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Bad credit and living on disability: Is a new home out of reach?

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Credit Care
'Credit Care' columnist Kim McGrigg
Kim McGrigg is Community Manager for Money Management International, where she provides personal finance education information to consumers.

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Question for the CreditCards.com expert

Dear Credit Care,
My credit scores stink -- around 530 or 540. But I'm currently living on federal disability of $1,716 per month. That's an automatic payment every month until I die. I'm 50 years old, and I'd like to buy a three-bedroom house in Las Vegas for $80,000. Is it impossible for me to get a loan with my guaranteed disability income? -- Dan

Answer for the CreditCards.com expert

Dear Dan,
Your chances of qualifying for an affordable mortgage will depend on several factors. On the plus side, you have a stable source of income. On the negative side, you have obviously had some prior credit issues with a credit score of 530. Your less-than-stellar credit score may affect your ability to qualify for a mortgage loan, especially if you have unpaid accounts reflected on your credit reports. Most mortgage underwriting guidelines require that all unpaid accounts be paid, particularly if you owe the federal government for taxes or student loans or owe back child support.

So, you will first need to review your credit reports to understand what potential mortgage lenders will be viewing. You can get free copies of your reports once each year from AnnualCreditReport.com. In addition to your credit reports, mortgage lenders may view any specialty consumer reporting bureau reports, including rental history.  

Generally speaking, to qualify for a mortgage, your debt-to-income ratio cannot exceed 40 percent of your gross income. Debts would include: your mortgage payment, plus escrowed monthly insurance and taxes; and all revolving (credit cards) and installment (auto loan, student loan, etc.) accounts' minimum monthly payments. For purposes of loan qualification, your monthly disability payment would be grossed to approximately $1,736 per month. Based solely on your disability income, to qualify for a mortgage you would need to have total debt payments of $694.40 or less.

As of Nov. 3, 2011, the monthly payment on a 15-year fixed rate mortgage on an $80,000 home in Las Vegas would be $572 to $720 depending on the interest rate of your loan. The monthly payment on a 30-year fixed rate mortgage would range from $360 to $533. So, you would need to add the approximate monthly costs for insurance and taxes to these monthly mortgage payment figures plus any additional minimum monthly payments on other credit accounts you have to determine if you would meet the debt-to-income ratio requirements for a loan. You may also need to prepare for the possibility that you may need to make at least a 20 percent down payment to qualify for a loan, which would reduce the mortgage payments substantially.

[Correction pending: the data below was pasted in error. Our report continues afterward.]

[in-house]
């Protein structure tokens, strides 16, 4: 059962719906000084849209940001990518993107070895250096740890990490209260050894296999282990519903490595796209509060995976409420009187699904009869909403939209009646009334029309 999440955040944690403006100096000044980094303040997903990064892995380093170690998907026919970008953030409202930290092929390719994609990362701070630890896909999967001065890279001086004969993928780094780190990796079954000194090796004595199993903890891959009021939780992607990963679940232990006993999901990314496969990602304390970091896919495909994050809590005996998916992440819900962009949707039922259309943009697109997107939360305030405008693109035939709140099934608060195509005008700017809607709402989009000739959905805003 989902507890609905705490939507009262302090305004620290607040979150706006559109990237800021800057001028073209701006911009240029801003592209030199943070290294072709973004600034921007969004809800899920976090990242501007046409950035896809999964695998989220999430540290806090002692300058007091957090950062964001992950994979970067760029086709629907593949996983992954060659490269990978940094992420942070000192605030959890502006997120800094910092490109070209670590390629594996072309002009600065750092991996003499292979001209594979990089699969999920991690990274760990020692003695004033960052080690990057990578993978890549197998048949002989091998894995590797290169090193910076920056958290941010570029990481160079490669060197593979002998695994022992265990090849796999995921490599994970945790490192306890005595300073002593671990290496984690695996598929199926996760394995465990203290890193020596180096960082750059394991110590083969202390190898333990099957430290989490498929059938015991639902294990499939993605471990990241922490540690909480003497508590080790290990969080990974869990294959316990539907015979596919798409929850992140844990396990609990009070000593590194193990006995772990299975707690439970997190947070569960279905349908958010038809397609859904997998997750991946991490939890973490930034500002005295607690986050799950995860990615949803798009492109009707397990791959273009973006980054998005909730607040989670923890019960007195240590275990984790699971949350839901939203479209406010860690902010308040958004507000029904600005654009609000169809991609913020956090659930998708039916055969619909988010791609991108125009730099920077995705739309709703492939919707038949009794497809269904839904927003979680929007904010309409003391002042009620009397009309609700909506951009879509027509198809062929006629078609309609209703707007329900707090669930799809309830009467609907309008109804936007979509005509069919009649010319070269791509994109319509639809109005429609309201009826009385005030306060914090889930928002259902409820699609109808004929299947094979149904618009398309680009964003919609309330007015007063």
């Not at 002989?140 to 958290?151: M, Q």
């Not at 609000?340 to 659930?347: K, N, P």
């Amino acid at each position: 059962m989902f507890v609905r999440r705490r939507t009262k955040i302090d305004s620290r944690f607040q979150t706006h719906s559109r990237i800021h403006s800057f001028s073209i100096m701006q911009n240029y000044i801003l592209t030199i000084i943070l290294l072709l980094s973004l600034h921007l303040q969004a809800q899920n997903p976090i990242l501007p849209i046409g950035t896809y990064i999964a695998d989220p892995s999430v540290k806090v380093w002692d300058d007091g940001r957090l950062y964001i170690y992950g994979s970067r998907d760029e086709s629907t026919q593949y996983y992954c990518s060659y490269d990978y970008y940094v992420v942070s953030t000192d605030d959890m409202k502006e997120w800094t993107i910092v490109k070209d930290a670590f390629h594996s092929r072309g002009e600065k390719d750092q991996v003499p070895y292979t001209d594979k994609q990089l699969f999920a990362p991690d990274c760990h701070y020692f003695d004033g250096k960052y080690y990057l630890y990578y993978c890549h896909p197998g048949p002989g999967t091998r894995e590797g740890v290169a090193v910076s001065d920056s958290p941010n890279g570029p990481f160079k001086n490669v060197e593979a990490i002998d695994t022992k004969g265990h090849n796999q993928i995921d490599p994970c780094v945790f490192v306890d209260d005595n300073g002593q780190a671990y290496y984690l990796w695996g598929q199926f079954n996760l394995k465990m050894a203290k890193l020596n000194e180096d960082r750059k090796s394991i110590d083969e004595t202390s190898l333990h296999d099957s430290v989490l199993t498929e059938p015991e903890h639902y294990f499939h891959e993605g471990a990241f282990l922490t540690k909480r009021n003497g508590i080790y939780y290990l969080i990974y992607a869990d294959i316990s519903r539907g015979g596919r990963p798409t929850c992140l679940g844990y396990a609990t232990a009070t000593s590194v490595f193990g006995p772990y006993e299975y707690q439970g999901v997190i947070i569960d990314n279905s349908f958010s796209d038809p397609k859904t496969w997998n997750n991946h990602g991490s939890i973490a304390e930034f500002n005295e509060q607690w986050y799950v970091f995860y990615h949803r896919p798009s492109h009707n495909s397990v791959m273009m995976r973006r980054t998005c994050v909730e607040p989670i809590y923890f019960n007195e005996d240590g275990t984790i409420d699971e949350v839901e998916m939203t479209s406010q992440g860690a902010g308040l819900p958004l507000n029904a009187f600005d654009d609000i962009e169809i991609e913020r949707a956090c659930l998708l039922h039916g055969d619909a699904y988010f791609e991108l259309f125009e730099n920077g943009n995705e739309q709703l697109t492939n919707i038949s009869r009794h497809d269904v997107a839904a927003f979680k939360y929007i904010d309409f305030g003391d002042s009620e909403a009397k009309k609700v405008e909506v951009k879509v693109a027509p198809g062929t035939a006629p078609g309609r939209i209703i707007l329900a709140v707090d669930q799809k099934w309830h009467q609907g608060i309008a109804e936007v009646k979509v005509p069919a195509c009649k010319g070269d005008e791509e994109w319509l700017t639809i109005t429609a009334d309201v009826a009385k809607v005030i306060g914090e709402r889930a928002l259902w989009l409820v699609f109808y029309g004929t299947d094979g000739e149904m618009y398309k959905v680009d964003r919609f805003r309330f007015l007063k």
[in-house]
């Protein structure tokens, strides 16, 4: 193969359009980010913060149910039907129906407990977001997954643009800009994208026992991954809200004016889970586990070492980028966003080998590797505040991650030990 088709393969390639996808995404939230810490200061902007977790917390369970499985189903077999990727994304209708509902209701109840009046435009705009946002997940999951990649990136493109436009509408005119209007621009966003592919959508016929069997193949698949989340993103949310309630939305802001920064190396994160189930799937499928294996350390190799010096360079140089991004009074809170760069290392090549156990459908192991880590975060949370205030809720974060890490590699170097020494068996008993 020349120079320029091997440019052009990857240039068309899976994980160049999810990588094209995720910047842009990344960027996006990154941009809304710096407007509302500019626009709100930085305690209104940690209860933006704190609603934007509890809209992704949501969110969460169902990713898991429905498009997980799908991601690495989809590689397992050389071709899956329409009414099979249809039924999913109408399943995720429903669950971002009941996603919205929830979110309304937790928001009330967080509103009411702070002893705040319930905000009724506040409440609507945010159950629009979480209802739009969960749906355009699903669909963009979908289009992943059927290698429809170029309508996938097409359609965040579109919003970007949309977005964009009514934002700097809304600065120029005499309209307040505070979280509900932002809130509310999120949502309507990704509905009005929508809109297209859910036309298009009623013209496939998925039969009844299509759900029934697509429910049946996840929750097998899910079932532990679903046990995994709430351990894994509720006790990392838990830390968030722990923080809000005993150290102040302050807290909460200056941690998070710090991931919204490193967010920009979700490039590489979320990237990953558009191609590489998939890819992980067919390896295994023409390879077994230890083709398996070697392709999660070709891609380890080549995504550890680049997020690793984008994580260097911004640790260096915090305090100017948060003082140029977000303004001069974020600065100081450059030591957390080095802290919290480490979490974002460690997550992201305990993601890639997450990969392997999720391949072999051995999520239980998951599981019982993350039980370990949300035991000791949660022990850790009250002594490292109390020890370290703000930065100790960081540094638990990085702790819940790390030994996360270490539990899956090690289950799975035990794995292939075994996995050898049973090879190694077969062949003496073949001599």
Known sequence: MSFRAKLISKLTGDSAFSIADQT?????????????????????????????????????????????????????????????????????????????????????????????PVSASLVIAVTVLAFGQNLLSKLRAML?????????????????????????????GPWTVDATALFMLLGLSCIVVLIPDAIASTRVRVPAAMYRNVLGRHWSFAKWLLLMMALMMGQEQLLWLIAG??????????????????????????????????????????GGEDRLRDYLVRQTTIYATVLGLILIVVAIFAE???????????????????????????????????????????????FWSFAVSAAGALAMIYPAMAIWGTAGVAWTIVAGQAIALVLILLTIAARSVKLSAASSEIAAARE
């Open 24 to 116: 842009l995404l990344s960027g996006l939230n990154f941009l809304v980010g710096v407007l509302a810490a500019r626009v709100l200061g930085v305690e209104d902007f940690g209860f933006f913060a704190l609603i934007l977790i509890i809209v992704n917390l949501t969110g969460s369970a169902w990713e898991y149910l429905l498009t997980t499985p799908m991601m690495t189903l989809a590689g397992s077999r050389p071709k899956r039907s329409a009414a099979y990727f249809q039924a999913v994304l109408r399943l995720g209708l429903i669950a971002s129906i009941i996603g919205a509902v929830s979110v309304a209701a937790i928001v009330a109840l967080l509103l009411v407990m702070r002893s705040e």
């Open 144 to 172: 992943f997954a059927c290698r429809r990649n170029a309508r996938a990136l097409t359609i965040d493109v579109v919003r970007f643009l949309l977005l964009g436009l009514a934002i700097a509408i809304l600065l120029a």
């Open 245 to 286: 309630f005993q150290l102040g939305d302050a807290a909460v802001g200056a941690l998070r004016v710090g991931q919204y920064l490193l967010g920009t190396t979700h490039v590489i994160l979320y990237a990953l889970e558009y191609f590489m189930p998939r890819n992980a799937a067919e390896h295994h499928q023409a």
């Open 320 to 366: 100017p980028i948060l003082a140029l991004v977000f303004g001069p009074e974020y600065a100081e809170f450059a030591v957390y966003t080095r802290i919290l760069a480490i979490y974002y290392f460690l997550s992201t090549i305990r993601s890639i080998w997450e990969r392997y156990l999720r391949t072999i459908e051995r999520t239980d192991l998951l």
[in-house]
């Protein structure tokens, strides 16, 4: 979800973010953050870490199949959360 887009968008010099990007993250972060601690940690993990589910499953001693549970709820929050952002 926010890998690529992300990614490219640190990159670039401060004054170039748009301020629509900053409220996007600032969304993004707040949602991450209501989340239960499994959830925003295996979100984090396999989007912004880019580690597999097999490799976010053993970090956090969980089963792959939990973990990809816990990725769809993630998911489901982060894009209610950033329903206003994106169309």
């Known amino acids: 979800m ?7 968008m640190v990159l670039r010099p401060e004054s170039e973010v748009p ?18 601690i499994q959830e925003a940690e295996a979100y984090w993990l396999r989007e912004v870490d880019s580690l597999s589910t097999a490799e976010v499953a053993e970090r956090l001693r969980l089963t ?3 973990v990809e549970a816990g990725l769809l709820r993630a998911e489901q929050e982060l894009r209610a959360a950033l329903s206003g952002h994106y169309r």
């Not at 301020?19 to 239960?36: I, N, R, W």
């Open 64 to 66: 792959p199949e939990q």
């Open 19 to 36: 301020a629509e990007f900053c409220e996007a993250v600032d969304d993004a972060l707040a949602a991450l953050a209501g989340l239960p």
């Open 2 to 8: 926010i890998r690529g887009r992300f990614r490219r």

The next big hurdle for you will be qualifying for a loan with your low credit score. Current FHA credit score requirements are 580 or higher to receive maximum financing, while scores of 500 to 579 are eligible for financing of 90 percent of the home price. What will help your chances of qualifying for a mortgage and help improve your credit score is to pay all outstanding credit balances on charged-off or collection accounts and add at least one year of on-time and paid-as-agreed payments for all current credit accounts.

You can learn more about the requirements and loan application process for an FHA loan on the FHA's website. I would also recommend that you visit with a loan officer at your current bank to get an idea of what you could expect from a mortgage loan application with them.

Handle your credit with care!

See related: Don't let delinquent debt keep you from a mortgage, 10 things you must know about credit reports and scores

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Published: November 7, 2011


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